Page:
After the trip we stayed with Pablo‘s family in a tiny Indian mountain town soon to get electricity. Pablo’s wife fed us Cuy (guinea pig), another staple of Peruvian cuisine. Delicious! Our dinner‘s family watched from their kitchen floor pen.
Dinner talk was all about a second robbery this season on Huayhuash. This time 4 hikers were shot, resisting. 27-year-old Mordechai Nir from Israel bled to death before the helicopter arrived from Lima.
The hikers were attacked in a remote pass, 4400m. Grant and I had passed that spot several days earlier. Huayhuash has a reputation for bandits, the rugged trails we liked so much first plied by horse thieves.
I would love to post more photos of Huayhuash, but my camera died half way through the trip. (baaaaad Canon Elura 65.)
The second biggest hike in the region is Alpamayo base camp. For this 6 day hike I did post annotated photos taken with a digital camera owned by new friends from Vancouver.
Alpamayo is a mountain well known for its beautiful pyramid. Often shrouded by Amazonian cloud, the first view we got was ghostly.
We studied astonishing and odd skyscapes with multiple layers of cloud moving in different directions. High mountains generate their own confused micro-climates.
This trek is similar to Huayhuash — getting us close to 6000m+ peaks from the vantage of wide, pleasant valleys. Risk of altitude sickness.
It is amazing to find the second highest mountain range in the world in the tropics. We are not far from the equator.
The biggest difference on Alpamayo was that we carried our own packs over staggering 5000m passes. Thanks God I found religion this year: I carried new lightweight gear.
We were happy to spend time chatting with Quechua Indian kids in one little visited valley. They are quite shy until you get them going.
Another time I found 3 children hiding from the big gringos in a dark shed when I returned a baby lamb which insisted on following us up the mountain.
I will post South American hiking websites. Google loves me. I am number 1 in search engines for all my key words. The most difficult was “West Coast Trail” — it took 4 years to get to the top of the page. However, as I found on the WCT this August, it is a great burden to live up to my ranking for expertise.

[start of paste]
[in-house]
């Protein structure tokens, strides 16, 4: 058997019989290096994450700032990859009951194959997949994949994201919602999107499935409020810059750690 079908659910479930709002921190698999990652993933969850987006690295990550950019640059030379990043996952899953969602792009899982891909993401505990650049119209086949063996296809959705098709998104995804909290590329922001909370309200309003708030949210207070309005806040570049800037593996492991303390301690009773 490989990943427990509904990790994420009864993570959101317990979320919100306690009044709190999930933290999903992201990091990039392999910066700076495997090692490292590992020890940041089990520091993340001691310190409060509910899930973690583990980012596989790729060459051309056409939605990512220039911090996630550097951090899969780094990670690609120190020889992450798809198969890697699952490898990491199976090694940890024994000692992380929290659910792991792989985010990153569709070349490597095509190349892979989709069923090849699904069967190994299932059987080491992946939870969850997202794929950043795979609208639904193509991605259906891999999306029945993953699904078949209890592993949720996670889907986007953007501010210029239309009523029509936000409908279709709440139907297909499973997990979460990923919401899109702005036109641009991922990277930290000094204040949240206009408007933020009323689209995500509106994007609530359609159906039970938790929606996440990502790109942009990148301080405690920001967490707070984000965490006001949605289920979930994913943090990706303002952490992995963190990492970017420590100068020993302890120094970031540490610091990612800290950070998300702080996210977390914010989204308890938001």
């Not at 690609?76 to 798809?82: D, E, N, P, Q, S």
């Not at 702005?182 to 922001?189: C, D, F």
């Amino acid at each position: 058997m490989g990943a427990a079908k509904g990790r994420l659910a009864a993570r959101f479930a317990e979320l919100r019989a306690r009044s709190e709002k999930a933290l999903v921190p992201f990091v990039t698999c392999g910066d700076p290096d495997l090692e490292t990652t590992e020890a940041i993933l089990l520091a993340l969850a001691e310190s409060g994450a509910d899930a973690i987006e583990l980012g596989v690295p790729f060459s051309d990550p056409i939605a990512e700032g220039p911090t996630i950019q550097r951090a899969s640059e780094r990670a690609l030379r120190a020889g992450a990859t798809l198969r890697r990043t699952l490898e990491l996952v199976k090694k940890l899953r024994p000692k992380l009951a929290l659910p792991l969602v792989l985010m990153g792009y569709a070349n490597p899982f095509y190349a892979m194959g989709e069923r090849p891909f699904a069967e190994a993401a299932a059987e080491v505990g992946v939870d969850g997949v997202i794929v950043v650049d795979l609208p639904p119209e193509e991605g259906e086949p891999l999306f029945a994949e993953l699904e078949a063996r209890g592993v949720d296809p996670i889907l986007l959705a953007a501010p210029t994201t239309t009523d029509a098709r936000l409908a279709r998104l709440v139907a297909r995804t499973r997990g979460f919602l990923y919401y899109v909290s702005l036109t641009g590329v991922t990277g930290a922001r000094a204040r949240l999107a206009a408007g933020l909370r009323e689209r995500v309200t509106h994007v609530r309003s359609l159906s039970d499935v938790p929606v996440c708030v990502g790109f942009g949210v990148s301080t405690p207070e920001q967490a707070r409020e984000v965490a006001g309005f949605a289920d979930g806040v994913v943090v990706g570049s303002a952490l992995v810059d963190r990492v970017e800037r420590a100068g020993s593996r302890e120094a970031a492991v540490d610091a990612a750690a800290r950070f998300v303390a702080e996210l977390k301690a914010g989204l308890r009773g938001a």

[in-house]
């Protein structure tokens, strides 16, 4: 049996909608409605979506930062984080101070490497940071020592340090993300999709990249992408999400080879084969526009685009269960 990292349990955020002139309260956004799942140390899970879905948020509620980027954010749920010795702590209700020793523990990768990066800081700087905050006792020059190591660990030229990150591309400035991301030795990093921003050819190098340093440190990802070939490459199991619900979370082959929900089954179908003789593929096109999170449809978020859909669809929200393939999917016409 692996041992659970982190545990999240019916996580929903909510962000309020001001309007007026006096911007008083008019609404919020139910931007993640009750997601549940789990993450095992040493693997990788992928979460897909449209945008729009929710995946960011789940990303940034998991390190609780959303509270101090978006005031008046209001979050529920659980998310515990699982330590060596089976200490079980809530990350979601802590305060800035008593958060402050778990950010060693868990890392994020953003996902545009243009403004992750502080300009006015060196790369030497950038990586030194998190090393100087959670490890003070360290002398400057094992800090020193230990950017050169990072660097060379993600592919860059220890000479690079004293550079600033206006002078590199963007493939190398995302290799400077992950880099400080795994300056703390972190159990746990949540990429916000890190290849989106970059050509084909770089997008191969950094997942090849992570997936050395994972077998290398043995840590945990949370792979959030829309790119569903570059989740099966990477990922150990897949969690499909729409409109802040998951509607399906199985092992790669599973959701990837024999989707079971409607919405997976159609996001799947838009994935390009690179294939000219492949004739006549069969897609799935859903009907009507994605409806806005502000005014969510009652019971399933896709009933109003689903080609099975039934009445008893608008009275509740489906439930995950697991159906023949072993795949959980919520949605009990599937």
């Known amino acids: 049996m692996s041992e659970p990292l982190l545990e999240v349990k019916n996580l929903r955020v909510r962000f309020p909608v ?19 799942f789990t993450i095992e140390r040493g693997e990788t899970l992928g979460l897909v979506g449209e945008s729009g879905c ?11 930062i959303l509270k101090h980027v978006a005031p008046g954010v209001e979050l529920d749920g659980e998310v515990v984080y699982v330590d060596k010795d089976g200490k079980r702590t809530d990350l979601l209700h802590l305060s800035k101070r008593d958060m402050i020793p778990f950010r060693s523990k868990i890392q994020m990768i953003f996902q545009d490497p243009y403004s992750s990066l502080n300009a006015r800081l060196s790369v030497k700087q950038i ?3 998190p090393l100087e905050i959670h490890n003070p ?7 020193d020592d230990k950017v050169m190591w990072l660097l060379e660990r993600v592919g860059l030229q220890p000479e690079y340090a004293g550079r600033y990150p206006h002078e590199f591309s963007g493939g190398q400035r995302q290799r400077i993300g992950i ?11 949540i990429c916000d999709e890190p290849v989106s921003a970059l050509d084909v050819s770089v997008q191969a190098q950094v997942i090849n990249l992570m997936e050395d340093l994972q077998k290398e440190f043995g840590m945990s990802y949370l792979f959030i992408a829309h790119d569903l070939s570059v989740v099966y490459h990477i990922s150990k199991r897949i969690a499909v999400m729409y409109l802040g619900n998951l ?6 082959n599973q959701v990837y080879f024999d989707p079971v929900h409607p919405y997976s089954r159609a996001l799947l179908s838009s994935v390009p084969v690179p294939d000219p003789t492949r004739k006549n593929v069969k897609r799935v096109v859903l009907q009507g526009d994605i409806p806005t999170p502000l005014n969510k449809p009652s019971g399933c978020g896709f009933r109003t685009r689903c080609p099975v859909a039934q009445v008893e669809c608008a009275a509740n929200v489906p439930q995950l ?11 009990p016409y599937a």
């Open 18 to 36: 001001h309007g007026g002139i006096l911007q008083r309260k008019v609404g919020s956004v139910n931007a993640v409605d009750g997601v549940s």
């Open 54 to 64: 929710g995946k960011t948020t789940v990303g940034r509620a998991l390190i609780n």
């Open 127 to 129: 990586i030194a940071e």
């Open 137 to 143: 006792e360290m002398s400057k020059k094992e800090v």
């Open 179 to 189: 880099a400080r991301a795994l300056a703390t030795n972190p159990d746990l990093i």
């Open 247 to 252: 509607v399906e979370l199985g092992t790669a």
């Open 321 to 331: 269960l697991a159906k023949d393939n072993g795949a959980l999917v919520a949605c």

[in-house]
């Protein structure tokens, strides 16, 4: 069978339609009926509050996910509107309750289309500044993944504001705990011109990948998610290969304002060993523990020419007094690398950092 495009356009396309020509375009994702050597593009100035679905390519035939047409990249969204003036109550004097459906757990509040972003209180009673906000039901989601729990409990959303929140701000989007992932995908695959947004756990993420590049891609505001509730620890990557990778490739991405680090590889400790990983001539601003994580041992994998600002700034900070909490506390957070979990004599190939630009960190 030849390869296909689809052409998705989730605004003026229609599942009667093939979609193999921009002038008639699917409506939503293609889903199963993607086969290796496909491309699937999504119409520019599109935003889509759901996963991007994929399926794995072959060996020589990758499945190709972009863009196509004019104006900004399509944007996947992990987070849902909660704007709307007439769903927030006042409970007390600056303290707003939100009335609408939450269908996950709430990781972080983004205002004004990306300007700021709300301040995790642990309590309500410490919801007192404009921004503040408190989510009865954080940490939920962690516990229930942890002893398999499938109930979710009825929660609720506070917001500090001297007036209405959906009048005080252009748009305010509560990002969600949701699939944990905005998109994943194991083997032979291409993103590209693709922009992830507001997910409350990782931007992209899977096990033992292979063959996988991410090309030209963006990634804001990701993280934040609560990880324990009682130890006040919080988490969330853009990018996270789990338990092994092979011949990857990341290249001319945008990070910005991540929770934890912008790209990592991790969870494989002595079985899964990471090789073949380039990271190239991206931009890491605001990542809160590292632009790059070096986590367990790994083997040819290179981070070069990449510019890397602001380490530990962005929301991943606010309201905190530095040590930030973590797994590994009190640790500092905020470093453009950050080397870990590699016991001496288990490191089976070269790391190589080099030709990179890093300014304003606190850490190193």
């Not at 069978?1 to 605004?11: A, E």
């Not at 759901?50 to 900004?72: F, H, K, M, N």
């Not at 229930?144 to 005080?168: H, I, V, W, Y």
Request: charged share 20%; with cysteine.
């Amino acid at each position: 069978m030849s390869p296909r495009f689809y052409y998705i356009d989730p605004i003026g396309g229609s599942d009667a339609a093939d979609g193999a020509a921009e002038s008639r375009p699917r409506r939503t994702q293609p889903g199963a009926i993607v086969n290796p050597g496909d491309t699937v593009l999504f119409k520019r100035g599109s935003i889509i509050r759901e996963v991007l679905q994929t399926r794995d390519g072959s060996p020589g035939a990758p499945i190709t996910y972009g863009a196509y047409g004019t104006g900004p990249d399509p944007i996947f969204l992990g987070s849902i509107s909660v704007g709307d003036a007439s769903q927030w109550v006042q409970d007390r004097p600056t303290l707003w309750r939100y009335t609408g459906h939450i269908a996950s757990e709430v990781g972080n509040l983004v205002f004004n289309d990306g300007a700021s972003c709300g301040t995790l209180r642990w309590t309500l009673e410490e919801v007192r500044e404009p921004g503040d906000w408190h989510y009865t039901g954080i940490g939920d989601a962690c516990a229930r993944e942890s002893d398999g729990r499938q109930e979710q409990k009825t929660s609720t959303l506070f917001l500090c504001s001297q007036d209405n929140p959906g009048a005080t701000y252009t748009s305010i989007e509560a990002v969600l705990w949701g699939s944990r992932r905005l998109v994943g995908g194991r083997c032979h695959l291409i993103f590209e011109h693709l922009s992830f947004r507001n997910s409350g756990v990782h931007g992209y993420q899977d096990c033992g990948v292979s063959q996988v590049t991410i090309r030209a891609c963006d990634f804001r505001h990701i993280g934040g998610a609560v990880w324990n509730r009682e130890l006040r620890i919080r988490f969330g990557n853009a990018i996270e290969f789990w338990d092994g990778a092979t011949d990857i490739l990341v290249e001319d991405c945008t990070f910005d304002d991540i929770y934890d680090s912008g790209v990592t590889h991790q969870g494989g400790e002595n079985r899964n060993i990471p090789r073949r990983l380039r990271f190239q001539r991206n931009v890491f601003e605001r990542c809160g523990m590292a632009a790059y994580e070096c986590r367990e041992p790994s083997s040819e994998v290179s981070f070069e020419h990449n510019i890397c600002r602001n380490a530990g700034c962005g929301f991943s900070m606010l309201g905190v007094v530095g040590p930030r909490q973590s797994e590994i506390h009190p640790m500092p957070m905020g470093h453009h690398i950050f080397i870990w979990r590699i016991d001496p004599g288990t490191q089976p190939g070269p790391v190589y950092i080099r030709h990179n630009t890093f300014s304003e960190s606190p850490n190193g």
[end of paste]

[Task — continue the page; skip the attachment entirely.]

I am sorry to leave Huaraz. I had some great times here. Met some great people.
Huaraz is not much to look at. Only 10% of the town was left standing after a 1970 earthquake triggered an aluvión (combination avalanche & tidal wave). Over half the population of 30,000 was killed. High mountain lakes contained by thin moraine walls are easily breached. Water & mud rush madly down the steep mountains into the valleys below destroying everything. The Cathedral is still being rebuilt 34-years-later.
But I like Huaraz. While acclimatizing for altitude I did 2 days mountain biking from 4000m to 3000m. Good fun. No crashes for me.
And I finally got to rappel down waterfalls. The canyoning day trip cost me about C$20, a small fraction of the cost anywhere else. Peru is inexpensive. My bed at the most popular hostel in Huaraz costs less than C$5 / night.
But on to the premiere attraction of South America, Machu Picchu near Cuzco.
Adios for now,
To see annotated photos jump to the permanent webpage in Rick’s photo archive.
To see the annotated photos, jump to the permanent webpage in Rick’s photo archive.
I got stuck far longer than I would of liked in the big city of Chile. And I grew to like it more the longer I stayed. It is surprisingly cosmopolitan.
The street art is wonderful. My favourite image of Santiago is the Señorita, just 1 block from my hostel.
Charles Darwin’s signature I discovered on a stone in my favourite downtown park, Santa Lucia.